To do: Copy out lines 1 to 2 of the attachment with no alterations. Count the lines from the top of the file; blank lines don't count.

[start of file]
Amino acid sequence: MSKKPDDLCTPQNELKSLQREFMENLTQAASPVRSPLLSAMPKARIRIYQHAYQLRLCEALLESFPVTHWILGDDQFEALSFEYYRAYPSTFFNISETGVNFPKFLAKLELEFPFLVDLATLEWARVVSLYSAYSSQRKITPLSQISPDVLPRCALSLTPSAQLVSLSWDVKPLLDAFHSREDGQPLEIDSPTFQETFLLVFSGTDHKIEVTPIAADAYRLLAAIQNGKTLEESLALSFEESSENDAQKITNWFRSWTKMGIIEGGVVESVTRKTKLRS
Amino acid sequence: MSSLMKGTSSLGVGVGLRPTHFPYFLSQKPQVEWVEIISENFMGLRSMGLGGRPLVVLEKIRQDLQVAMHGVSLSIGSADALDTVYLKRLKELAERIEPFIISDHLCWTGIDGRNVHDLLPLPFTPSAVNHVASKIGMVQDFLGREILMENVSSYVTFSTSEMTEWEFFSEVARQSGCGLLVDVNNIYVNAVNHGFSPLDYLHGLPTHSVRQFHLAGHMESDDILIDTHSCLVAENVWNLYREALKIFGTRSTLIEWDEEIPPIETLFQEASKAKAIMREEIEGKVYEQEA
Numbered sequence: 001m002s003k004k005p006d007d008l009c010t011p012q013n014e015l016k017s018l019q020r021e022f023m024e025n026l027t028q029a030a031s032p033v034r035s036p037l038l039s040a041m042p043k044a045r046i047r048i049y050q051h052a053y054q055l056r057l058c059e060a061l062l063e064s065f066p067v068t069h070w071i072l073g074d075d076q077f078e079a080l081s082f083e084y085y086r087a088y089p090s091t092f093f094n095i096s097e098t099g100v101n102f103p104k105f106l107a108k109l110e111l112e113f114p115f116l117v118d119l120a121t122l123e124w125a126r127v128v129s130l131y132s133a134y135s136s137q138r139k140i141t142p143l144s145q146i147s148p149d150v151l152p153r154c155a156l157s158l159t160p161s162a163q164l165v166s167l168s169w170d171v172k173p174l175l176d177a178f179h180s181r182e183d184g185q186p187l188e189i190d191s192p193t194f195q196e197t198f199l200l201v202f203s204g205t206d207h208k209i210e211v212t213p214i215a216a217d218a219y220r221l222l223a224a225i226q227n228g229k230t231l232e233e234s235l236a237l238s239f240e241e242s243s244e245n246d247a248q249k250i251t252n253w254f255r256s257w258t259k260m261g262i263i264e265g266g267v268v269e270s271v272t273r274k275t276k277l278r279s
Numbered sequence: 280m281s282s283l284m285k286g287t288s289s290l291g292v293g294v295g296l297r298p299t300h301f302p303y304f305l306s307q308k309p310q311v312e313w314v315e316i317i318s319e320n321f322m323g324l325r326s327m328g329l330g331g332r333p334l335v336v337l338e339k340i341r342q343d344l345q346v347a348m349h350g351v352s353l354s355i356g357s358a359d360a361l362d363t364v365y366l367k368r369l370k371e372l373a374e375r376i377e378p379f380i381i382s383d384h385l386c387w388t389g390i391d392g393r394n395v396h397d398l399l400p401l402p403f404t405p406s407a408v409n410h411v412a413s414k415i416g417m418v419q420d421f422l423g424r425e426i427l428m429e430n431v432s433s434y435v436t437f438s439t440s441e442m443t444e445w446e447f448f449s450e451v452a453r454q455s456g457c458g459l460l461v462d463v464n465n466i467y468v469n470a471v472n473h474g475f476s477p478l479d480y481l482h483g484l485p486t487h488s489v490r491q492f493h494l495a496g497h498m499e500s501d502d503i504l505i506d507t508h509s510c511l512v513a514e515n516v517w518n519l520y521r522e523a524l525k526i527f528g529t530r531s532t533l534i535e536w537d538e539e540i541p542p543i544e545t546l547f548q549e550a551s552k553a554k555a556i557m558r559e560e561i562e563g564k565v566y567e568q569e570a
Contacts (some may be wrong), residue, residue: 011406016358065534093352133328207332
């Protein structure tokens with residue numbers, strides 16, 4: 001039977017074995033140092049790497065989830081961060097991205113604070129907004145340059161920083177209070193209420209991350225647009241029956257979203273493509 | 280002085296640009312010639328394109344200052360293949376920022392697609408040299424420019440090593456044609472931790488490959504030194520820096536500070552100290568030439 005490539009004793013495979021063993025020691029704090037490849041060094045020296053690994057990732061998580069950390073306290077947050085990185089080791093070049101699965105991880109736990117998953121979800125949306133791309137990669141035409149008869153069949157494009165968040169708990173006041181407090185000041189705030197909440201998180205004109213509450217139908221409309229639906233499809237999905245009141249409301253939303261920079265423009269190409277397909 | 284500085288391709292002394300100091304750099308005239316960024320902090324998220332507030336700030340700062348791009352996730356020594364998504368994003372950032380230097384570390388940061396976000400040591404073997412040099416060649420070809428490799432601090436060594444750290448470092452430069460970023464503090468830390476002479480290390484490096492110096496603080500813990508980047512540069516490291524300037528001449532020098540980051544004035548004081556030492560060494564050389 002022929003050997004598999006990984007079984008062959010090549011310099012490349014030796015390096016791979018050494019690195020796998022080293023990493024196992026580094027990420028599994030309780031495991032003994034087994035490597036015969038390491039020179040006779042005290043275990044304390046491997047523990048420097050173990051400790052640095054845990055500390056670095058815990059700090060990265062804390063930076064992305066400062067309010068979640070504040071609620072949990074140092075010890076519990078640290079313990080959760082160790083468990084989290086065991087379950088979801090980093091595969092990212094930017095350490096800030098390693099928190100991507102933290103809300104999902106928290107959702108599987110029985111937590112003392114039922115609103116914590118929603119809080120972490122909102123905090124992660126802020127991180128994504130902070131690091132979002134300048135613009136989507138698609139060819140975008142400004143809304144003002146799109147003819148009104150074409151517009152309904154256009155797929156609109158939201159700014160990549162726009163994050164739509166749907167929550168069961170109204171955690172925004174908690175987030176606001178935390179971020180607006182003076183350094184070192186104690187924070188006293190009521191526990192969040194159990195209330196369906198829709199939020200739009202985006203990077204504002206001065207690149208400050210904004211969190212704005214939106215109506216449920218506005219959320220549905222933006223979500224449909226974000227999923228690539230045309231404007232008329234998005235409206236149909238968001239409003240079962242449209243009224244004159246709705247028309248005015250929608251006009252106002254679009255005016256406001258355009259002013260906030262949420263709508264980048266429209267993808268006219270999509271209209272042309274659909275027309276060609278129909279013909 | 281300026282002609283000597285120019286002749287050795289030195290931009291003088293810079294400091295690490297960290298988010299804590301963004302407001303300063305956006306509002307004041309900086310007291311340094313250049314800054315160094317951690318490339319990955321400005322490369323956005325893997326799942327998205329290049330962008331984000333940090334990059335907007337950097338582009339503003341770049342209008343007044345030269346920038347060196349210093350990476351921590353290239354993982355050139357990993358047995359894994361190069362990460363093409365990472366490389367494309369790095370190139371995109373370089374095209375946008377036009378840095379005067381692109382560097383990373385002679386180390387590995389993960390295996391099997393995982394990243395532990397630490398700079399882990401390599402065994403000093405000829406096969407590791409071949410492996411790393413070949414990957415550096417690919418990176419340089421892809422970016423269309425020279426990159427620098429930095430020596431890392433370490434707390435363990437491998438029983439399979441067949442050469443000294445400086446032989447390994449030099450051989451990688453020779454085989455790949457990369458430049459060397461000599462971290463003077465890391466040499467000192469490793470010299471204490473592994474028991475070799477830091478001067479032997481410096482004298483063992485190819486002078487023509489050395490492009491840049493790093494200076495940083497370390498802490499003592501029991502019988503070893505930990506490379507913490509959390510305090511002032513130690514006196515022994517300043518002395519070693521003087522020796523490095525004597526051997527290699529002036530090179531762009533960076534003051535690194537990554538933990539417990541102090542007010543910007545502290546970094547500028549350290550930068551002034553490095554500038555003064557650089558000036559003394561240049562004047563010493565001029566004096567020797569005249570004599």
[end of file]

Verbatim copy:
Amino acid sequence: MSKKPDDLCTPQNELKSLQREFMENLTQAASPVRSPLLSAMPKARIRIYQHAYQLRLCEALLESFPVTHWILGDDQFEALSFEYYRAYPSTFFNISETGVNFPKFLAKLELEFPFLVDLATLEWARVVSLYSAYSSQRKITPLSQISPDVLPRCALSLTPSAQLVSLSWDVKPLLDAFHSREDGQPLEIDSPTFQETFLLVFSGTDHKIEVTPIAADAYRLLAAIQNGKTLEESLALSFEESSENDAQKITNWFRSWTKMGIIEGGVVESVTRKTKLRS
Amino acid sequence: MSSLMKGTSSLGVGVGLRPTHFPYFLSQKPQVEWVEIISENFMGLRSMGLGGRPLVVLEKIRQDLQVAMHGVSLSIGSADALDTVYLKRLKELAERIEPFIISDHLCWTGIDGRNVHDLLPLPFTPSAVNHVASKIGMVQDFLGREILMENVSSYVTFSTSEMTEWEFFSEVARQSGCGLLVDVNNIYVNAVNHGFSPLDYLHGLPTHSVRQFHLAGHMESDDILIDTHSCLVAENVWNLYREALKIFGTRSTLIEWDEEIPPIETLFQEASKAKAIMREEIEGKVYEQEA